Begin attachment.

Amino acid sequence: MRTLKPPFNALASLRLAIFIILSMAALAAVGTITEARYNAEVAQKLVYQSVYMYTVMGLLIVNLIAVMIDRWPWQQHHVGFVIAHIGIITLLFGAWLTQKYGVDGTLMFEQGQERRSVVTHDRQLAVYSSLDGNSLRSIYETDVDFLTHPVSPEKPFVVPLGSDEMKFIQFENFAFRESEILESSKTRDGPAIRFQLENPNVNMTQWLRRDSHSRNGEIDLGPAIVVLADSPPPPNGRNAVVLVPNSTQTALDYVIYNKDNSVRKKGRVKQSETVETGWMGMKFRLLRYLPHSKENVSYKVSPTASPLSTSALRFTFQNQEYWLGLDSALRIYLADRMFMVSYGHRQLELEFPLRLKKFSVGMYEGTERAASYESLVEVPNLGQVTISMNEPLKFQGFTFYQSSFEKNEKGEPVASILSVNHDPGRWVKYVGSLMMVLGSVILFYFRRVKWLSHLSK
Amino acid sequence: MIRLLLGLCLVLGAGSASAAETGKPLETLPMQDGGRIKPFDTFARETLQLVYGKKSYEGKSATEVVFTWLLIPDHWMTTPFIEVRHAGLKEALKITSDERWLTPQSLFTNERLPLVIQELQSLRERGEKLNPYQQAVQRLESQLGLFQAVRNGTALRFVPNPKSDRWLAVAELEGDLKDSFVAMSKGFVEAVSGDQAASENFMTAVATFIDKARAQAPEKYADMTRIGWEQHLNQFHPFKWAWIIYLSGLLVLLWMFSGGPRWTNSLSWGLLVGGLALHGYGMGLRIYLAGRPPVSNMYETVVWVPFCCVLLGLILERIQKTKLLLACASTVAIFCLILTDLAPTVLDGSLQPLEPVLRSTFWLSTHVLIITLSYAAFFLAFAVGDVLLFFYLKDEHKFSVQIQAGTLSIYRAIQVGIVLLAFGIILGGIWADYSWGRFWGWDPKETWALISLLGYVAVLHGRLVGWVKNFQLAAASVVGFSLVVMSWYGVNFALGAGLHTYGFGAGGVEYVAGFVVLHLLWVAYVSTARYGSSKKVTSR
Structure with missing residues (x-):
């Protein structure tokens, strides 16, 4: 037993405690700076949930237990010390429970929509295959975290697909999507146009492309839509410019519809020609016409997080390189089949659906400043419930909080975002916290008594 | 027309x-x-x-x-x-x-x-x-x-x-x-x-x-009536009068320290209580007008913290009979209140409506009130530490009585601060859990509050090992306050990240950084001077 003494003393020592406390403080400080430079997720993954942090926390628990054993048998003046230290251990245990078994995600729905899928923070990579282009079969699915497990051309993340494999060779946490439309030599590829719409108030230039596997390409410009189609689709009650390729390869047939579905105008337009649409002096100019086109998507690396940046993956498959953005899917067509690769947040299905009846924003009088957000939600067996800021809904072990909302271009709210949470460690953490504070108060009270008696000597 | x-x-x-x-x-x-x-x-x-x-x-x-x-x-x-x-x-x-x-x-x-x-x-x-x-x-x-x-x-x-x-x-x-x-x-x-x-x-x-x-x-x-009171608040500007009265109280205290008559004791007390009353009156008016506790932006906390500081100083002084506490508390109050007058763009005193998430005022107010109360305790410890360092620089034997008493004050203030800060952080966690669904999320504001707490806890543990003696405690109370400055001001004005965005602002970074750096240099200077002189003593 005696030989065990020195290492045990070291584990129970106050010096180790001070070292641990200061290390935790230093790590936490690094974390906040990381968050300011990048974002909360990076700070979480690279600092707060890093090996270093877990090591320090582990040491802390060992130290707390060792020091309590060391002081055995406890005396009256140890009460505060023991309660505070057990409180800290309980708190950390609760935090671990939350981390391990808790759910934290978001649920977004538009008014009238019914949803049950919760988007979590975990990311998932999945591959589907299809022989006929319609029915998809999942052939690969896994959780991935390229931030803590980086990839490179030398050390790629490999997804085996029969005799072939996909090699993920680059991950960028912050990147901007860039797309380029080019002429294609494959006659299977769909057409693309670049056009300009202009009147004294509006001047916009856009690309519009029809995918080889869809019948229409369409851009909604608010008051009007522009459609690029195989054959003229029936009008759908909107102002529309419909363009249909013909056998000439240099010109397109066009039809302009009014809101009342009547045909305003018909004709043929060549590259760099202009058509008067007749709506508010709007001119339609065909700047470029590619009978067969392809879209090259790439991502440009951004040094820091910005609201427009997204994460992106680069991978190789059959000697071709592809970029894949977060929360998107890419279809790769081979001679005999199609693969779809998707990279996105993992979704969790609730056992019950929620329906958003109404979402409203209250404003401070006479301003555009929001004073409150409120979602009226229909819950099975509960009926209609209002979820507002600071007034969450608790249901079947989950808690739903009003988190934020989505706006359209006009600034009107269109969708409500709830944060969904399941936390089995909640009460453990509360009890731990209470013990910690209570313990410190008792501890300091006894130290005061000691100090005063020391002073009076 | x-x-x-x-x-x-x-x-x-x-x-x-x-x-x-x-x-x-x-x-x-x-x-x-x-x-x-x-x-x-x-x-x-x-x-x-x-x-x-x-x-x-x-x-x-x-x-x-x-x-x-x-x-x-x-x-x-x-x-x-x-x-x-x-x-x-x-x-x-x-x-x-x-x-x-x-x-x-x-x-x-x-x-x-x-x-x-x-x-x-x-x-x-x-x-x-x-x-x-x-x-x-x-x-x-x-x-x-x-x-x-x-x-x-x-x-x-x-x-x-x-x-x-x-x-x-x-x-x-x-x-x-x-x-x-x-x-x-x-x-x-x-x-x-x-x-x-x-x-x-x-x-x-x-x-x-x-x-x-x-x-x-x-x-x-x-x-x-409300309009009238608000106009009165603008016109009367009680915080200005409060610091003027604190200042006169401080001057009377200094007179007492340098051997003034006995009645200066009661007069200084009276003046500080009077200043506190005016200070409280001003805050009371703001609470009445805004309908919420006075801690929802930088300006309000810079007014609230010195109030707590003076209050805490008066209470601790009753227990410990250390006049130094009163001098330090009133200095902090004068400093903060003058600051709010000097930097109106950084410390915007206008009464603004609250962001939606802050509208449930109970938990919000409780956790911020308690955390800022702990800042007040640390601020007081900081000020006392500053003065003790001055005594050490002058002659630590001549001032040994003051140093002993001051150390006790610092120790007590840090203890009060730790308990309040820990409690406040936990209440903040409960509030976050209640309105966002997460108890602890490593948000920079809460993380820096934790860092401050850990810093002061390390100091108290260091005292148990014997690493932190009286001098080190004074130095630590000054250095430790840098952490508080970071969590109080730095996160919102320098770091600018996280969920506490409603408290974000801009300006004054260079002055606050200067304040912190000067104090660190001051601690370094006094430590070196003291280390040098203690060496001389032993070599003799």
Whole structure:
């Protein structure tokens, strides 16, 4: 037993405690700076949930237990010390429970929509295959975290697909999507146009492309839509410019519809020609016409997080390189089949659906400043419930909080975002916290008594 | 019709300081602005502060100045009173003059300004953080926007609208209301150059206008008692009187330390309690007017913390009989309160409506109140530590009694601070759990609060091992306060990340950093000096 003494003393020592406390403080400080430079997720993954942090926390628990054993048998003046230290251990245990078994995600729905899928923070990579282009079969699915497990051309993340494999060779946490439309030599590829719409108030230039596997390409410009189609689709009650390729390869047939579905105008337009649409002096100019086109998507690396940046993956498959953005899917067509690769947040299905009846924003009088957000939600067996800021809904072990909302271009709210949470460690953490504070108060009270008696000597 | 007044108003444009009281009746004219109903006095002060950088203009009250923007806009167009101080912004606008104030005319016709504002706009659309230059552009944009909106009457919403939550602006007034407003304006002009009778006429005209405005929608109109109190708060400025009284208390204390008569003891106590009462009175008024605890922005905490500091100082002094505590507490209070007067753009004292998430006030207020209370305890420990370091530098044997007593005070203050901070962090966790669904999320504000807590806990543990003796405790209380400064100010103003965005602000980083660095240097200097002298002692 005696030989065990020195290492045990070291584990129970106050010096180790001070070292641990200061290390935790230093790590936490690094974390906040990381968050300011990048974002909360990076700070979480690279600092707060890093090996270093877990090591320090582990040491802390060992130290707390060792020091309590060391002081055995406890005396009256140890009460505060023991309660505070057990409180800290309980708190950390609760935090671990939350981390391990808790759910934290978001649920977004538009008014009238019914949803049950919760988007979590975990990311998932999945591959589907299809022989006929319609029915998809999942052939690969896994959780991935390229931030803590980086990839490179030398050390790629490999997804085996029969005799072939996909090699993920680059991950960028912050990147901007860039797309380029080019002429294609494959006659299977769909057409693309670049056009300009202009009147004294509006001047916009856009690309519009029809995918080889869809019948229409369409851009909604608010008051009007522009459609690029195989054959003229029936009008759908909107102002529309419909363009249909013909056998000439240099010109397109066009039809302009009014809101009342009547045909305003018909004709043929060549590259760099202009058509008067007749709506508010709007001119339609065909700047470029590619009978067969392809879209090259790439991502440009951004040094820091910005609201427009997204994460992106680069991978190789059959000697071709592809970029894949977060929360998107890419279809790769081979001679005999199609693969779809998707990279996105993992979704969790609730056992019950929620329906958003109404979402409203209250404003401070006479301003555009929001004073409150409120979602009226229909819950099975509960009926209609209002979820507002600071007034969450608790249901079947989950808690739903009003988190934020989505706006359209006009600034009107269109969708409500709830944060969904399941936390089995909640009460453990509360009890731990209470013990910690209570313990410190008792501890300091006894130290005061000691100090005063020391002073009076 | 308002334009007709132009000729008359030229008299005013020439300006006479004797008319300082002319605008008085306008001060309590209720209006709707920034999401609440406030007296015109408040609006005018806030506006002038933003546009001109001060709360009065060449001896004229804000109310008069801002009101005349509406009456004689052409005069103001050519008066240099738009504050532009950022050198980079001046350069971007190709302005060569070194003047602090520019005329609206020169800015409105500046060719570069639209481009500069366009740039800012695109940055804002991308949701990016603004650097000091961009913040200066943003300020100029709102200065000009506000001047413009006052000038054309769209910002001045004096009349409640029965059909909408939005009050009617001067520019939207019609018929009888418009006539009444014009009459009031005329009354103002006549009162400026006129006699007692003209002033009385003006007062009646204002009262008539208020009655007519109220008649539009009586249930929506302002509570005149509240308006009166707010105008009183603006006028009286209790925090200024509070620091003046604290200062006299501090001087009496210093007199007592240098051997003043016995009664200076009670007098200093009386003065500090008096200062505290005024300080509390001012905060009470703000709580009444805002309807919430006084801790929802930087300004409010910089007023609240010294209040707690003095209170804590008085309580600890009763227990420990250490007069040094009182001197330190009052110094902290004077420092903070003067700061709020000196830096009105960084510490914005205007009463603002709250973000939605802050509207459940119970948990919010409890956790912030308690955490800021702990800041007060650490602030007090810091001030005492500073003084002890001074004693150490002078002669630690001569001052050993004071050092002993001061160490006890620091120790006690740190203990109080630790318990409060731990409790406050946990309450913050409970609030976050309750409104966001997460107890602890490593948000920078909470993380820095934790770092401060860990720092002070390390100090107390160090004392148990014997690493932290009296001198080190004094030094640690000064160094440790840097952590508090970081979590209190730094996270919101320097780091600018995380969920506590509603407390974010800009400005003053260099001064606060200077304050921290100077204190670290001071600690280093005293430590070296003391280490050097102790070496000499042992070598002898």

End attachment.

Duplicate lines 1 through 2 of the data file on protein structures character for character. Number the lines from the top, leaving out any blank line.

Amino acid sequence: MRTLKPPFNALASLRLAIFIILSMAALAAVGTITEARYNAEVAQKLVYQSVYMYTVMGLLIVNLIAVMIDRWPWQQHHVGFVIAHIGIITLLFGAWLTQKYGVDGTLMFEQGQERRSVVTHDRQLAVYSSLDGNSLRSIYETDVDFLTHPVSPEKPFVVPLGSDEMKFIQFENFAFRESEILESSKTRDGPAIRFQLENPNVNMTQWLRRDSHSRNGEIDLGPAIVVLADSPPPPNGRNAVVLVPNSTQTALDYVIYNKDNSVRKKGRVKQSETVETGWMGMKFRLLRYLPHSKENVSYKVSPTASPLSTSALRFTFQNQEYWLGLDSALRIYLADRMFMVSYGHRQLELEFPLRLKKFSVGMYEGTERAASYESLVEVPNLGQVTISMNEPLKFQGFTFYQSSFEKNEKGEPVASILSVNHDPGRWVKYVGSLMMVLGSVILFYFRRVKWLSHLSK
Amino acid sequence: MIRLLLGLCLVLGAGSASAAETGKPLETLPMQDGGRIKPFDTFARETLQLVYGKKSYEGKSATEVVFTWLLIPDHWMTTPFIEVRHAGLKEALKITSDERWLTPQSLFTNERLPLVIQELQSLRERGEKLNPYQQAVQRLESQLGLFQAVRNGTALRFVPNPKSDRWLAVAELEGDLKDSFVAMSKGFVEAVSGDQAASENFMTAVATFIDKARAQAPEKYADMTRIGWEQHLNQFHPFKWAWIIYLSGLLVLLWMFSGGPRWTNSLSWGLLVGGLALHGYGMGLRIYLAGRPPVSNMYETVVWVPFCCVLLGLILERIQKTKLLLACASTVAIFCLILTDLAPTVLDGSLQPLEPVLRSTFWLSTHVLIITLSYAAFFLAFAVGDVLLFFYLKDEHKFSVQIQAGTLSIYRAIQVGIVLLAFGIILGGIWADYSWGRFWGWDPKETWALISLLGYVAVLHGRLVGWVKNFQLAAASVVGFSLVVMSWYGVNFALGAGLHTYGFGAGGVEYVAGFVVLHLLWVAYVSTARYGSSKKVTSR